I don't think most players recognize how outrageously risky the decisions they're making are - bad dice are the difference between what they think SHOULD happen vs what's actually average.

When the gold squadron classic stream is shocked that an unmodified wedge can't hit vader or soontir for multiple turns.

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2 minutes ago, Brunas said:

I don't think most players recognize how outrageously risky the decisions they're making are - bad dice are the difference between what they think SHOULD happen vs what's actually average.

That is true as well. That comes up in jousting a lot where one player is wrong and doesn't realize the incredible risk they take taking an honorable joust.

1 minute ago, JasonCole said:

I always used to call AK Anna Kournikova. Looks good, but feels impossible to score with. Mostly because every time I played, some scrub would stay in and flop 3-4-5 to straight out the 2-6 they kept.

Well if you are playing NL poker, either you didn't raise enough or they called too wide and holy **** do you make a ton of money off of those players. Also 3-4-5 is an easy flop to fold with AK against any resistance (which could be exploitable, but really not at the stakes most people play at). If this is in limit, you need to stop playing that game (unless it is just playing with friends, then it doesn't matter).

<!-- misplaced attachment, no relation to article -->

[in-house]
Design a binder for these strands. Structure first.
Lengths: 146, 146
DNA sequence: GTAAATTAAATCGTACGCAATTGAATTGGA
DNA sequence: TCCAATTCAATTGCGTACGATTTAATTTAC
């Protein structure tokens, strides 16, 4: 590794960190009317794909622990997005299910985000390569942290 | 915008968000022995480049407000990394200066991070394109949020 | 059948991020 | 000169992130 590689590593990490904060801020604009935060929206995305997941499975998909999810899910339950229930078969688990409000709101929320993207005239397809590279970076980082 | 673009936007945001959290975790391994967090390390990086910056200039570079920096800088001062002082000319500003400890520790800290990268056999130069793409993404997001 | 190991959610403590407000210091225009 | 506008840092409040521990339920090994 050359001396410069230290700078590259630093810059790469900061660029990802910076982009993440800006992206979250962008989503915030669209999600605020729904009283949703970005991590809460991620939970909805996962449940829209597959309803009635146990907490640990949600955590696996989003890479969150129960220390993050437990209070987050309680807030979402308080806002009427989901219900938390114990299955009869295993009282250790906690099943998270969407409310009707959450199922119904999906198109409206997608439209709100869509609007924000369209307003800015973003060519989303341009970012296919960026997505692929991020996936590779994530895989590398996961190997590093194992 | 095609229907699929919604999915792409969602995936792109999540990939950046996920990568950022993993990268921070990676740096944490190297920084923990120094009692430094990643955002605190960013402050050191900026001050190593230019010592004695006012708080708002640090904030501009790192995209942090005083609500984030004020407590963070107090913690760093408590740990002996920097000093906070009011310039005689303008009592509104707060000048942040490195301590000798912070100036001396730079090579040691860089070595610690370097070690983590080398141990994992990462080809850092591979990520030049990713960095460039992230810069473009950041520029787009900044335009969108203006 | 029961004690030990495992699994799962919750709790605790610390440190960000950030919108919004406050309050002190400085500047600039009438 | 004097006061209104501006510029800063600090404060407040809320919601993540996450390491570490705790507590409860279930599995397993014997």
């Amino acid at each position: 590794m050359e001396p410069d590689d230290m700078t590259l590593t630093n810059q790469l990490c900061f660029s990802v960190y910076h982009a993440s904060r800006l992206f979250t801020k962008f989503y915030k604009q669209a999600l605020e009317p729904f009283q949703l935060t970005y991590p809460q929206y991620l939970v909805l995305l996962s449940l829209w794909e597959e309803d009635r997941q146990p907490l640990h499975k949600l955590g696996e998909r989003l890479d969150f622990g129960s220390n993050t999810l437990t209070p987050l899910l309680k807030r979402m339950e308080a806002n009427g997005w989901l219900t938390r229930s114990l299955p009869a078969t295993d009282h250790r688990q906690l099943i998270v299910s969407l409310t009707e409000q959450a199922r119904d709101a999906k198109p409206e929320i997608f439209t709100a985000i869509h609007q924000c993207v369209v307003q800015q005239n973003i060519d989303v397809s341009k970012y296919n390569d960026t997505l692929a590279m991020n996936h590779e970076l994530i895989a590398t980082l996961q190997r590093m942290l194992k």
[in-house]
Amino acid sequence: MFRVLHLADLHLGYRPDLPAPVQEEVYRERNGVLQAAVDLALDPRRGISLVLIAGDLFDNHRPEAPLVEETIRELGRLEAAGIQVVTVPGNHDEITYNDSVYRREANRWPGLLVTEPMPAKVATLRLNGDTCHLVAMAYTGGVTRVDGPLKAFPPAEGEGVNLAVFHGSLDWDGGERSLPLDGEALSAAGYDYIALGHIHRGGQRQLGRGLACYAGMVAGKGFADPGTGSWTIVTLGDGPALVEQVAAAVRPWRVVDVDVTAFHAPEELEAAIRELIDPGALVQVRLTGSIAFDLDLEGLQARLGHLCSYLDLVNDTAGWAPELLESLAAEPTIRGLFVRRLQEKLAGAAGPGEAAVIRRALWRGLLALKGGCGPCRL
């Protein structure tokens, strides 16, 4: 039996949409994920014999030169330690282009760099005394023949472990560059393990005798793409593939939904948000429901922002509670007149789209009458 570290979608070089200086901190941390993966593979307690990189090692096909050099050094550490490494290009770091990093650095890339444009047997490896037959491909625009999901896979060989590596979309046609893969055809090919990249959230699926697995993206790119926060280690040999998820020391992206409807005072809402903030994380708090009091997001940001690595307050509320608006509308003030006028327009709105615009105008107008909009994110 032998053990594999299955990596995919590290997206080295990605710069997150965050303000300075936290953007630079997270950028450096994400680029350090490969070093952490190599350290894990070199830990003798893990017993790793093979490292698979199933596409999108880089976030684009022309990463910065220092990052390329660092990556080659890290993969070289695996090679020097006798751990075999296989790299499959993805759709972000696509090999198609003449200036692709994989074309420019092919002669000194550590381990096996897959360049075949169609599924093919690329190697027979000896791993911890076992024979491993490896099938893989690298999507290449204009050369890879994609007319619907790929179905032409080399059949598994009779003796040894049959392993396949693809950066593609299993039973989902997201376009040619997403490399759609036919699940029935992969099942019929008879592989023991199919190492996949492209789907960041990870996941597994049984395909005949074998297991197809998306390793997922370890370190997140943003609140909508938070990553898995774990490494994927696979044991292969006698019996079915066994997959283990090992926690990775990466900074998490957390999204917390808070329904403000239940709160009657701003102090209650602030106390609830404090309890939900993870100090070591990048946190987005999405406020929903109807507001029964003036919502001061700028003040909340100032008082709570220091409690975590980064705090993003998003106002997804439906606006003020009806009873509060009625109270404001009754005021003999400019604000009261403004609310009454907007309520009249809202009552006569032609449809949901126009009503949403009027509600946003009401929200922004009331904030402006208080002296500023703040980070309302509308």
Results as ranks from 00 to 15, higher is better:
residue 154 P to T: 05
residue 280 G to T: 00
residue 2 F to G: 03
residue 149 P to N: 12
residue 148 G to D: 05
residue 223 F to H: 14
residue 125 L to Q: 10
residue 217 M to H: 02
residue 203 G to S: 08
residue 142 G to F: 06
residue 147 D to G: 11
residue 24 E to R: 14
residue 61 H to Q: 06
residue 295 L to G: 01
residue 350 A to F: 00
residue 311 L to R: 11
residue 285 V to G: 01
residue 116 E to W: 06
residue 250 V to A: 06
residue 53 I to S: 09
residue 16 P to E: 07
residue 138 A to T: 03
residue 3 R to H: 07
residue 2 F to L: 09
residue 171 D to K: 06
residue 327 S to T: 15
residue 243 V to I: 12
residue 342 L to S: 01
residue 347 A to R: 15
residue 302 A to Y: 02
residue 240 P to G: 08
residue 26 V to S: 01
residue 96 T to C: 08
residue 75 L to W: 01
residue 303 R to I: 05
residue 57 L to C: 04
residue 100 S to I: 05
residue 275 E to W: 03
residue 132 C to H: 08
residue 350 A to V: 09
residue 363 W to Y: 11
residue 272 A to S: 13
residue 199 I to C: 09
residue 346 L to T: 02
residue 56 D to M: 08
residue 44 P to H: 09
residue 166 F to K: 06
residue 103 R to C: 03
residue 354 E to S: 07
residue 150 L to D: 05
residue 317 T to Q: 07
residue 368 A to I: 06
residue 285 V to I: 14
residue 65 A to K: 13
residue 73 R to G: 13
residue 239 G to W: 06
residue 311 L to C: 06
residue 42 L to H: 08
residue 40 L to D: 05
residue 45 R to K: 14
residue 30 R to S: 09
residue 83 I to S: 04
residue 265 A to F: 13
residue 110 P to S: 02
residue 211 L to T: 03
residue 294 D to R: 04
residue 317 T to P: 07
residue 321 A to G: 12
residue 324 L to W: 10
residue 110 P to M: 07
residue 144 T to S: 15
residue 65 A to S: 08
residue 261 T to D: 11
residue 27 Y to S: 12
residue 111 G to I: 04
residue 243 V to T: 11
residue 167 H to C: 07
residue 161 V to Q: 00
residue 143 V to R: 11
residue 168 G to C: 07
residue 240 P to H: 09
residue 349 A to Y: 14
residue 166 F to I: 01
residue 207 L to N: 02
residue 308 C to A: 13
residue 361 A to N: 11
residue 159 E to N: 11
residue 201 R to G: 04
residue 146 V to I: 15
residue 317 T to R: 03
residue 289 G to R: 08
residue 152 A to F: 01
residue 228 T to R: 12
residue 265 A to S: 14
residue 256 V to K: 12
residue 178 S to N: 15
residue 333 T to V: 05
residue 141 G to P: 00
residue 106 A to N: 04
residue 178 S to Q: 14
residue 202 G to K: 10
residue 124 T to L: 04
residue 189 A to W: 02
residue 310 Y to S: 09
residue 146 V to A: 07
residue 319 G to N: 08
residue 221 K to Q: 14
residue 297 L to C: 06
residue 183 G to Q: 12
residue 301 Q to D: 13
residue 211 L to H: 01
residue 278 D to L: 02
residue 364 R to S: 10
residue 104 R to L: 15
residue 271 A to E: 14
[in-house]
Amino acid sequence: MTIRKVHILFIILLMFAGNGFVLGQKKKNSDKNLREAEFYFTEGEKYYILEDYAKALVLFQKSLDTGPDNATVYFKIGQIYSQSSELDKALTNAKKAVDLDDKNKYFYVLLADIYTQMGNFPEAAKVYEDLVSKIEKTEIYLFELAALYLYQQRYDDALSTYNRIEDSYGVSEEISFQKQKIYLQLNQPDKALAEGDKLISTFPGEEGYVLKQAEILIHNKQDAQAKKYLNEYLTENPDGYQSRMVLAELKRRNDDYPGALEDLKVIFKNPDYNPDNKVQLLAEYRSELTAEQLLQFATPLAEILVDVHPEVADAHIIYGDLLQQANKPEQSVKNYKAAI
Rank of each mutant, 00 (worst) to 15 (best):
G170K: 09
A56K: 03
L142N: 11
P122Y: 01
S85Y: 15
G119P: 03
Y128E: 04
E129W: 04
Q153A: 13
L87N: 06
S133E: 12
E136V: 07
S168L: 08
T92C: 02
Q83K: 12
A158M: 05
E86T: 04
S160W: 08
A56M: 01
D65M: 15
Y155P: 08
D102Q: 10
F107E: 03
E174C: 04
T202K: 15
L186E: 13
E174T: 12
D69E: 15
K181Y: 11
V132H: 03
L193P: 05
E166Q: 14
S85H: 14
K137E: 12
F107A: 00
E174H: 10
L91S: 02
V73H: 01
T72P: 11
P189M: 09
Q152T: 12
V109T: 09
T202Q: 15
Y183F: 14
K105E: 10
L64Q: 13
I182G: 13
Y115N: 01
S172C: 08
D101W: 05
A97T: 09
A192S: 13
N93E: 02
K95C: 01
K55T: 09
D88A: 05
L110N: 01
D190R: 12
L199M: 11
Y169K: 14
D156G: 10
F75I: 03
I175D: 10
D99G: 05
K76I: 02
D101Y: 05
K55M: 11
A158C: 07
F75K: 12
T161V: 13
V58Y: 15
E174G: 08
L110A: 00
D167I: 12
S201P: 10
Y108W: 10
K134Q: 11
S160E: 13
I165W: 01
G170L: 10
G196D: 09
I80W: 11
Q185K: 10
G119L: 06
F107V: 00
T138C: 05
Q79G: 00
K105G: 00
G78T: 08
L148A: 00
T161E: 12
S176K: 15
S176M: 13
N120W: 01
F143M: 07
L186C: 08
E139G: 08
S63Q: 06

Just now, RStan said:

There's also certain people that convince themselves too much that all their decisions were optimal and couldn't have been better and variance screwed them over. Except that excuse comes up often enough that you have to wonder when they'll recognize that their decisions weren't the best. 

I think I am pretty good at recognizing at least my clear cut bad decisions (like jousting Nymranda in 1.0) - but I've had many games where I think I made a good decision, but maybe not the best one. That is harder for me to suss out.